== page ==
Distress for family members of slain Indigenous women as Skibicki pre-trial continues

Family members of Rebecca Contois, Morgan Harris and Marcedes Myran continue to be present as the pre-trial for alleged serial killer Jeremy Skibicki continues. The atmosphere shifted from Tuesday, with some family members leaving the courtoom in tears not to return. Joanne Roberts has the story.

Some family members left the courtroom in tears. Others shook their heads in disbelief.

That was the scene Wednesday at the third day of the pre-trial of alleged serial killer Jeremy Skibicki.

He is charged with four counts of first-degree murder in the deaths of First Nations women Morgan Harris, Marcedes Myran, Rebecca Contois and a fourth unidentified Indigenous woman known as Mashkode Bizhiki’ikwe.

A publication ban remains in place on the evidence that was presented at the Manitoba Law Courts building Wednesday.

The day began with small red pouches of tobacco being passed around between family members and loved ones. There were even moments for chats and small smiles.

But that changed as pre-trial continued and evidence was presented.

Cambria Harris, daughter of Morgan Harris, sat in the front row taking notes. Some from the Contois family sat in the back, with faces visibly distressed.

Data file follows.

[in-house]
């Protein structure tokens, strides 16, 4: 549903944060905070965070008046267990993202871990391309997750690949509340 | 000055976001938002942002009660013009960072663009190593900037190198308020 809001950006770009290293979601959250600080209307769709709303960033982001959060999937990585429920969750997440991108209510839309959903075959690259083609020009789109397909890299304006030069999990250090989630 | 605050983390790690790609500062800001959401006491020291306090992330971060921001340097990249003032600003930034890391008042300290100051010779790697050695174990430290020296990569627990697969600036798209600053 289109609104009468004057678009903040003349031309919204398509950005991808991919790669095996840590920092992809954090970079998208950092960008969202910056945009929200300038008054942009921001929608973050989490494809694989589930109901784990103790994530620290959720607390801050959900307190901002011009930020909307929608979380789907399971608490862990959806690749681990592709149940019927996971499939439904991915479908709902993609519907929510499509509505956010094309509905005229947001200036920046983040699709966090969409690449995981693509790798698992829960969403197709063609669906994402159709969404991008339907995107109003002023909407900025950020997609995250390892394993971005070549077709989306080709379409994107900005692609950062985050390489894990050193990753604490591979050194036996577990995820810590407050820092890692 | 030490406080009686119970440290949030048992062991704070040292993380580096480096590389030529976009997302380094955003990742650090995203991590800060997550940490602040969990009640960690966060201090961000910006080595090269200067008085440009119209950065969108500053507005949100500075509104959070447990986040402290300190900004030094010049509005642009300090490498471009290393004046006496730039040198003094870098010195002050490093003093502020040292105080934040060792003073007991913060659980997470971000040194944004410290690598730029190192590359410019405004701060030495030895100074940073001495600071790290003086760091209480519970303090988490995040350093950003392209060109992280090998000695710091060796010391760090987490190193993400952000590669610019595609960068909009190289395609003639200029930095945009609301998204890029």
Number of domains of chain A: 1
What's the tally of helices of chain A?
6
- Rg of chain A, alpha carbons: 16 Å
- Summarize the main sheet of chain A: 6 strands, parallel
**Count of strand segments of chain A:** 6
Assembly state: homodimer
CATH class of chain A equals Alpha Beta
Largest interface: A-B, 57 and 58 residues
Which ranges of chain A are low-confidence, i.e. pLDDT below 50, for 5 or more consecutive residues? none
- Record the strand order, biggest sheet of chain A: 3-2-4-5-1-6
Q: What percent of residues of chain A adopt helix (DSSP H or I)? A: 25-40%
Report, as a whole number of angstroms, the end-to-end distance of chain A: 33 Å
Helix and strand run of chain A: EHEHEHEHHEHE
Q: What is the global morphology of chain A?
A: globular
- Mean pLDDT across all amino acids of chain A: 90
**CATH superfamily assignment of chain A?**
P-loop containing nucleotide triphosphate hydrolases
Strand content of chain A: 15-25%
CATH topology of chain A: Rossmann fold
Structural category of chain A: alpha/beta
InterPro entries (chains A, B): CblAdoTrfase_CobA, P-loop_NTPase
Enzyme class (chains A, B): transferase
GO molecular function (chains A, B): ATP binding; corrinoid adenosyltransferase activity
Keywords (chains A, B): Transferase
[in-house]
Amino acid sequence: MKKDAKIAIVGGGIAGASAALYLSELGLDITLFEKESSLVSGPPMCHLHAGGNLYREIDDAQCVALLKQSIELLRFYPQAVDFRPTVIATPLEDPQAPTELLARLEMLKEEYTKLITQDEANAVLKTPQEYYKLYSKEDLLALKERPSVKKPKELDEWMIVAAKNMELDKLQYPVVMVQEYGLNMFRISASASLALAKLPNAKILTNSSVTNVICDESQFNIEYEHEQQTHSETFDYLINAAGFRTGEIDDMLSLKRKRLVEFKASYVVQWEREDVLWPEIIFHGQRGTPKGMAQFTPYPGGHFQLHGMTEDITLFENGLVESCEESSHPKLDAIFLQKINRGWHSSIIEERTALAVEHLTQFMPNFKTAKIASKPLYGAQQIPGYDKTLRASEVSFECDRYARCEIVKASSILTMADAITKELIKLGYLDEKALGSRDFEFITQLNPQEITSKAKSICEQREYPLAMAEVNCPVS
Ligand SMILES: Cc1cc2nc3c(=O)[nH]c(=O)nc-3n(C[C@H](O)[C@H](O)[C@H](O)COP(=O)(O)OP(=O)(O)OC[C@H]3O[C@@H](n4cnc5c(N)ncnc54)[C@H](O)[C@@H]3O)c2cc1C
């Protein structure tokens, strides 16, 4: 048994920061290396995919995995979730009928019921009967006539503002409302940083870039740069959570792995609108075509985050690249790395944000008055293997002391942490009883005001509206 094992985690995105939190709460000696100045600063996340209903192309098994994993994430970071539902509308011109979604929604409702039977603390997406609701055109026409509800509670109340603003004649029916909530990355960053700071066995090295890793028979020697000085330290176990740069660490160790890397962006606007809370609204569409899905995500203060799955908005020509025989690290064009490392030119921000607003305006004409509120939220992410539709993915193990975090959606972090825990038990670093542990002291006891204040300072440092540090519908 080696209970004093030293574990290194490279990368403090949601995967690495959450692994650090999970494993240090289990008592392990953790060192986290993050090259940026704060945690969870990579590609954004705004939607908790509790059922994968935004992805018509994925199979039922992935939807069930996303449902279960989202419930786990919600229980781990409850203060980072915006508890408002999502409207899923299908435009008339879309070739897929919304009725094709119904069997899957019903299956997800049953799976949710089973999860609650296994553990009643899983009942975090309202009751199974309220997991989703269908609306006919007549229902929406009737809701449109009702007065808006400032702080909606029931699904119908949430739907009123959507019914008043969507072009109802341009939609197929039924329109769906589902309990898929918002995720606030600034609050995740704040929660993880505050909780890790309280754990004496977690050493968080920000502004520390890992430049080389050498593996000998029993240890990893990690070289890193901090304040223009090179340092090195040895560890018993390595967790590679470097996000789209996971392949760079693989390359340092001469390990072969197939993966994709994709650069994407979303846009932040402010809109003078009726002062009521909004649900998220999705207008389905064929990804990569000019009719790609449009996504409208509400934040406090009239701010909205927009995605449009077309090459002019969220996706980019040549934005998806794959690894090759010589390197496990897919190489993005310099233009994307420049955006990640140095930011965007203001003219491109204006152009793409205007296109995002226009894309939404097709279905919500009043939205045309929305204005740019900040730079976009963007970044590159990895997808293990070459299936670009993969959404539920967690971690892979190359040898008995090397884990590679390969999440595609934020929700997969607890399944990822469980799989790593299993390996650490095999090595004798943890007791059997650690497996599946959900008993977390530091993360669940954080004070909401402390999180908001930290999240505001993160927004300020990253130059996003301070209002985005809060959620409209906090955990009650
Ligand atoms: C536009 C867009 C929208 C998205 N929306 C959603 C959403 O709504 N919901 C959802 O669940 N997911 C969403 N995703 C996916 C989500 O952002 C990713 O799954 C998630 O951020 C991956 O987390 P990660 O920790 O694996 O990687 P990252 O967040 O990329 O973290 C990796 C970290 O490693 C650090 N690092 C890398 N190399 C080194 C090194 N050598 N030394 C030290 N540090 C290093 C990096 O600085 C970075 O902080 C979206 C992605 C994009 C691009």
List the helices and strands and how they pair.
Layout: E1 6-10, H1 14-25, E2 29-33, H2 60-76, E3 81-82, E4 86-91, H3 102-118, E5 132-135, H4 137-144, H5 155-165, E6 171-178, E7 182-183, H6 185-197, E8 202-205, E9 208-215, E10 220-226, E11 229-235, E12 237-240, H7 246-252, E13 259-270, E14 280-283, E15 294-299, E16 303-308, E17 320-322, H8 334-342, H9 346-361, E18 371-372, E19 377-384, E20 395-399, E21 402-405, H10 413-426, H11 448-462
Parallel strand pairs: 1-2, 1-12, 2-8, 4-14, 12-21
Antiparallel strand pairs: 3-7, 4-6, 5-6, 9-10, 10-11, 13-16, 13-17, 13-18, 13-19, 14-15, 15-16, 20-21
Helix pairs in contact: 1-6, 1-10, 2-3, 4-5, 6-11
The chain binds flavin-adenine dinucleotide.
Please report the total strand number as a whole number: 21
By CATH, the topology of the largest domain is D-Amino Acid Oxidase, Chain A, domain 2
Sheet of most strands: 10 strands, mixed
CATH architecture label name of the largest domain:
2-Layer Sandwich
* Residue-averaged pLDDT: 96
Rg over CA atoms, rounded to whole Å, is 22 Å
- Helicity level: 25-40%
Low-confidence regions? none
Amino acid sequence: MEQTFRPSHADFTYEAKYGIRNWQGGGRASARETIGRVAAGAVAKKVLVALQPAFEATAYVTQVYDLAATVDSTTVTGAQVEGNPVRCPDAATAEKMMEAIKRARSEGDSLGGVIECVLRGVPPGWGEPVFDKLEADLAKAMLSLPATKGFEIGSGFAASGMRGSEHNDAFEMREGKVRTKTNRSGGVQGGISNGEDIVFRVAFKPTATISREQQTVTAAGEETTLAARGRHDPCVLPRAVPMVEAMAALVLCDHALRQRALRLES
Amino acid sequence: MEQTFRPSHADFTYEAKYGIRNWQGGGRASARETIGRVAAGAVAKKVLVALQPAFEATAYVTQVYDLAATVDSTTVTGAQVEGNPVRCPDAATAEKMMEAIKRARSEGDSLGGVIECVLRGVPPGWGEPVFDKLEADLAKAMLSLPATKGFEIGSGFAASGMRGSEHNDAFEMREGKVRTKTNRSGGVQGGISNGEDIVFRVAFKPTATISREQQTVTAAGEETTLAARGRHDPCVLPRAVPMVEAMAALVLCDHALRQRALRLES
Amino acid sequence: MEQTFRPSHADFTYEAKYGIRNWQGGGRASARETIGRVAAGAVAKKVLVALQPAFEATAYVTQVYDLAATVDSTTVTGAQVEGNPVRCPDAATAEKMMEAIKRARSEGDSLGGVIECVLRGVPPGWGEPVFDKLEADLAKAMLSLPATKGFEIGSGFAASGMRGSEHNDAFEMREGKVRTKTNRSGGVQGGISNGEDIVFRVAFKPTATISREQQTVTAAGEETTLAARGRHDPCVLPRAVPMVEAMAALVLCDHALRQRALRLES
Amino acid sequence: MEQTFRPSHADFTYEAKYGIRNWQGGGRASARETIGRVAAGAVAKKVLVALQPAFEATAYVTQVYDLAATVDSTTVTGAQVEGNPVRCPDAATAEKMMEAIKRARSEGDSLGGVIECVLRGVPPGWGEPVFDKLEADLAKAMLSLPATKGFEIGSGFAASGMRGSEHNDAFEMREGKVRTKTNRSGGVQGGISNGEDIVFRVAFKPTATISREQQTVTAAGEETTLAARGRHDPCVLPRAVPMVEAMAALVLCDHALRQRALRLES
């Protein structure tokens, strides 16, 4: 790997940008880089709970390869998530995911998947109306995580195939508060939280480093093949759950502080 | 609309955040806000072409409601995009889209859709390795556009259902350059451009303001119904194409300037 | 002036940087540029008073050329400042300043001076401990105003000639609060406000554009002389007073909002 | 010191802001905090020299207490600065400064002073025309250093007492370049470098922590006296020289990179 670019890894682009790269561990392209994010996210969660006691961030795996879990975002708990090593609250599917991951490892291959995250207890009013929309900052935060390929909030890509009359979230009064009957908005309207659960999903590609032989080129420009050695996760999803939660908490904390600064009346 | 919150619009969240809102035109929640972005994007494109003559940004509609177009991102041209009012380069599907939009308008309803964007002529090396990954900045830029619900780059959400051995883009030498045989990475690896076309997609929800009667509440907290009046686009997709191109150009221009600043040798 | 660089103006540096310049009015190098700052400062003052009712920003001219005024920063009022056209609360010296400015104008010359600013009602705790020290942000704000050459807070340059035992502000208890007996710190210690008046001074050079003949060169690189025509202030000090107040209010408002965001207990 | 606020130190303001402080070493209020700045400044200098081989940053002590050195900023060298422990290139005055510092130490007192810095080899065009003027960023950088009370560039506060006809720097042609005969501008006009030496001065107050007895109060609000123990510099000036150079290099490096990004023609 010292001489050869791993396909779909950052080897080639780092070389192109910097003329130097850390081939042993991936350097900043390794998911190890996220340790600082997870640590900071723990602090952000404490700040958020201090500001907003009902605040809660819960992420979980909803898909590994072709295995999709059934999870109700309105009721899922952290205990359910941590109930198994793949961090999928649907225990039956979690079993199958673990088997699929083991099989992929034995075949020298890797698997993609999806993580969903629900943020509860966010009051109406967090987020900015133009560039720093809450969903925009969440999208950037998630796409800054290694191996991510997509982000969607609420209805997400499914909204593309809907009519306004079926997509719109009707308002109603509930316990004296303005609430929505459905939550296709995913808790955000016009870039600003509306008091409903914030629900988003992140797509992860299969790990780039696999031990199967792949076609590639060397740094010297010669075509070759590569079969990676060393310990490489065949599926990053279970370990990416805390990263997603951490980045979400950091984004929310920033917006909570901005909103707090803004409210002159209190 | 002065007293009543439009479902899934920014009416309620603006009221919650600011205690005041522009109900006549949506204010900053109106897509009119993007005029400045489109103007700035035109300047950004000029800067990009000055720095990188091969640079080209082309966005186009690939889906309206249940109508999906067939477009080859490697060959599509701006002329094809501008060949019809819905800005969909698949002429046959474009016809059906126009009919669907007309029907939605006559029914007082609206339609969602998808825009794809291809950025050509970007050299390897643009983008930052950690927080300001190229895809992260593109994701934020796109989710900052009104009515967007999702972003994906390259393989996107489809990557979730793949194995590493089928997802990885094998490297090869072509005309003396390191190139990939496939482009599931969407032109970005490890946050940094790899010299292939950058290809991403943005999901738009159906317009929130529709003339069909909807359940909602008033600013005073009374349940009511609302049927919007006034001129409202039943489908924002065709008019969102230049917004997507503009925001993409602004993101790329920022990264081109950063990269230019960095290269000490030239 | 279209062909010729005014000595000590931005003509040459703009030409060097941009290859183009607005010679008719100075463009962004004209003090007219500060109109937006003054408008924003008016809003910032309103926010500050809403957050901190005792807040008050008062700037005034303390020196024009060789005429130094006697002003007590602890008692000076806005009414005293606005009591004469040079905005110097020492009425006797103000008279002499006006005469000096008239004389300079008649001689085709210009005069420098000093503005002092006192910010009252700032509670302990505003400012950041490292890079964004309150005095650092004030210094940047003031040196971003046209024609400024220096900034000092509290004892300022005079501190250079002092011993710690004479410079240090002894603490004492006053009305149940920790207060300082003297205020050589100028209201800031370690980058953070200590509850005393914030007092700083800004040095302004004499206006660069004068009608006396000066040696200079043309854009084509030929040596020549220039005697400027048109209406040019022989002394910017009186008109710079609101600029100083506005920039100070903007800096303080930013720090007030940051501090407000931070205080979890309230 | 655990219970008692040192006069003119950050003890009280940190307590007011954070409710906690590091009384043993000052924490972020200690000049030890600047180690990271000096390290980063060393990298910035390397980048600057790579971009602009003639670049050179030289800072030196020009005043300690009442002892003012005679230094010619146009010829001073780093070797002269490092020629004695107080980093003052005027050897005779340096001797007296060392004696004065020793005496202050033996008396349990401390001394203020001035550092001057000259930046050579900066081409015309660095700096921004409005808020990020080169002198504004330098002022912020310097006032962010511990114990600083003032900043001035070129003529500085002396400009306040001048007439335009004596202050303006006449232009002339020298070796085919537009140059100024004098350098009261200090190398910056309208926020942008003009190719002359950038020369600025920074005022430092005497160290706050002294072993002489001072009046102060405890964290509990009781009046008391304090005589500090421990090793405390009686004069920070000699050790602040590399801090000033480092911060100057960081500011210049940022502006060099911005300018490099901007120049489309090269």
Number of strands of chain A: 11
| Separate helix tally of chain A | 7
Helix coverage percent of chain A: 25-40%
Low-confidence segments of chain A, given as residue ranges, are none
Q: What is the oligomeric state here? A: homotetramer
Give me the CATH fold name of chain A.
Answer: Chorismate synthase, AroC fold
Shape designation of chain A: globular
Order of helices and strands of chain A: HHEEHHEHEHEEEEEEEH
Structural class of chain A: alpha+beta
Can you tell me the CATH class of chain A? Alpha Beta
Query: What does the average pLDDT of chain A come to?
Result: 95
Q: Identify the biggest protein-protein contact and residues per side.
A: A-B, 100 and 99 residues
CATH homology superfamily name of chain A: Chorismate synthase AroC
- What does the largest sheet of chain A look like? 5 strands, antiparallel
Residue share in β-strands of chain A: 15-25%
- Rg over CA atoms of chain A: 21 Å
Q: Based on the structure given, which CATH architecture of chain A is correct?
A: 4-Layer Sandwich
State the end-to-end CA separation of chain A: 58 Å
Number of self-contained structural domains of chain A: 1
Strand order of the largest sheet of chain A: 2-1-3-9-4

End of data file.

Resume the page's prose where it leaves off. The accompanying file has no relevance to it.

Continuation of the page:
Some family members who left the courtroom in tears did not return.

Just before the first recess, evidence presented drew gasps from the families, with many holding their hands over their faces, shaking their heads in shock.

As it continued, Skibicki either kept his eyes forward or his head down, noticeably different from Tuesday when he seemed interested in the evidence.

At the call for the break, most of the eyes were on Skibicki, who avoided looking at anyone. At one point, someone stepped towards him and said, “God is not going to save you.”

When court continued, Skibicki was sporting glasses and this time watched the rest of the presentation.

More tears were shed by family members and more people left the room. At the midday break, the grandmother of Marcedes Myran, Donna Bartlett, was crying and being comforted by family.

Outside the courthouse, the sound of drums and singing brought comfort to family members.

Many representations of missing and murdered Indigenous women, girls, two-spirit and gender diverse were visible through clothing and jewelry worn by family members.

The trial continues Thursday.

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